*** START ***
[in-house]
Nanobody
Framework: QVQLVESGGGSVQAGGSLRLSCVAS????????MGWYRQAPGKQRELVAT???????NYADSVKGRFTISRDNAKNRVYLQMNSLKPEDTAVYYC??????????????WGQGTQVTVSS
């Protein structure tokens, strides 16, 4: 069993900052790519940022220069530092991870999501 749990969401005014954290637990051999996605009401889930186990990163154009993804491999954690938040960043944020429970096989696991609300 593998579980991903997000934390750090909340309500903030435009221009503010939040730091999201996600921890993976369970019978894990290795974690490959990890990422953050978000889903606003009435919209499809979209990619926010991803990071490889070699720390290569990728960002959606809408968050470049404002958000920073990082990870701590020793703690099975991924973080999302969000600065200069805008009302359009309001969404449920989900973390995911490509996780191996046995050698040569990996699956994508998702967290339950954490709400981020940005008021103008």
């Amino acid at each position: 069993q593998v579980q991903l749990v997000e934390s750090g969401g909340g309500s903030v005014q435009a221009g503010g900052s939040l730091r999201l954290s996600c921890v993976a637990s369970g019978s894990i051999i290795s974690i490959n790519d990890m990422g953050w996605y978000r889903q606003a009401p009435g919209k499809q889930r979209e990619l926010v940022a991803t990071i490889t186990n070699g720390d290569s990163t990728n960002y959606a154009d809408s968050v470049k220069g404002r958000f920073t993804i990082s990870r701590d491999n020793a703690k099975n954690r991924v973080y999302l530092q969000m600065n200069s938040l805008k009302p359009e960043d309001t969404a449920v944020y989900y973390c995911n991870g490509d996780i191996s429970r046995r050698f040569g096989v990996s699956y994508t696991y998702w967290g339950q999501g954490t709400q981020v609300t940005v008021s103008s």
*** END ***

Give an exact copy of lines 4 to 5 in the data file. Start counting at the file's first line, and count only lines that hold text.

């Protein structure tokens, strides 16, 4: 069993900052790519940022220069530092991870999501 749990969401005014954290637990051999996605009401889930186990990163154009993804491999954690938040960043944020429970096989696991609300 593998579980991903997000934390750090909340309500903030435009221009503010939040730091999201996600921890993976369970019978894990290795974690490959990890990422953050978000889903606003009435919209499809979209990619926010991803990071490889070699720390290569990728960002959606809408968050470049404002958000920073990082990870701590020793703690099975991924973080999302969000600065200069805008009302359009309001969404449920989900973390995911490509996780191996046995050698040569990996699956994508998702967290339950954490709400981020940005008021103008």
């Amino acid at each position: 069993q593998v579980q991903l749990v997000e934390s750090g969401g909340g309500s903030v005014q435009a221009g503010g900052s939040l730091r999201l954290s996600c921890v993976a637990s369970g019978s894990i051999i290795s974690i490959n790519d990890m990422g953050w996605y978000r889903q606003a009401p009435g919209k499809q889930r979209e990619l926010v940022a991803t990071i490889t186990n070699g720390d290569s990163t990728n960002y959606a154009d809408s968050v470049k220069g404002r958000f920073t993804i990082s990870r701590d491999n020793a703690k099975n954690r991924v973080y999302l530092q969000m600065n200069s938040l805008k009302p359009e960043d309001t969404a449920v944020y989900y973390c995911n991870g490509d996780i191996s429970r046995r050698f040569g096989v990996s699956y994508t696991y998702w967290g339950q999501g954490t709400q981020v609300t940005v008021s103008s």